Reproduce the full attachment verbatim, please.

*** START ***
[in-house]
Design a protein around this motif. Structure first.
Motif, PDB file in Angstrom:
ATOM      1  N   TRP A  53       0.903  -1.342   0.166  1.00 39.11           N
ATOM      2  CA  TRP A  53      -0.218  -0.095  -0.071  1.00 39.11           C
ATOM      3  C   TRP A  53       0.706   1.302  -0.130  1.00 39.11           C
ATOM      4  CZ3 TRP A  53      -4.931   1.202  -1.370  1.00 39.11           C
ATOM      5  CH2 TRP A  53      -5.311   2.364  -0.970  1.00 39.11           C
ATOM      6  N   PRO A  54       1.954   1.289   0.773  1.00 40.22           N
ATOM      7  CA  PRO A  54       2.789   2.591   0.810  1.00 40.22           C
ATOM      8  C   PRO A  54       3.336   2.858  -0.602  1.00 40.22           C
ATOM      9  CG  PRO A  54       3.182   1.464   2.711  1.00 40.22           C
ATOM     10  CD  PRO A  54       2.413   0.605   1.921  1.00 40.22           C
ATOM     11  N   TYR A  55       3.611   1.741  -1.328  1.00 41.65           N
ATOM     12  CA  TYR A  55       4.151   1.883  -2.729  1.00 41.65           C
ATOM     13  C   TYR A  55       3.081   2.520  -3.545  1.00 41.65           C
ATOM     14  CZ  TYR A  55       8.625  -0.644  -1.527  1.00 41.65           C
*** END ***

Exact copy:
[in-house]
Design a protein around this motif. Structure first.
Motif, PDB file in Angstrom:
ATOM      1  N   TRP A  53       0.903  -1.342   0.166  1.00 39.11           N
ATOM      2  CA  TRP A  53      -0.218  -0.095  -0.071  1.00 39.11           C
ATOM      3  C   TRP A  53       0.706   1.302  -0.130  1.00 39.11           C
ATOM      4  CZ3 TRP A  53      -4.931   1.202  -1.370  1.00 39.11           C
ATOM      5  CH2 TRP A  53      -5.311   2.364  -0.970  1.00 39.11           C
ATOM      6  N   PRO A  54       1.954   1.289   0.773  1.00 40.22           N
ATOM      7  CA  PRO A  54       2.789   2.591   0.810  1.00 40.22           C
ATOM      8  C   PRO A  54       3.336   2.858  -0.602  1.00 40.22           C
ATOM      9  CG  PRO A  54       3.182   1.464   2.711  1.00 40.22           C
ATOM     10  CD  PRO A  54       2.413   0.605   1.921  1.00 40.22           C
ATOM     11  N   TYR A  55       3.611   1.741  -1.328  1.00 41.65           N
ATOM     12  CA  TYR A  55       4.151   1.883  -2.729  1.00 41.65           C
ATOM     13  C   TYR A  55       3.081   2.520  -3.545  1.00 41.65           C
ATOM     14  CZ  TYR A  55       8.625  -0.644  -1.527  1.00 41.65           C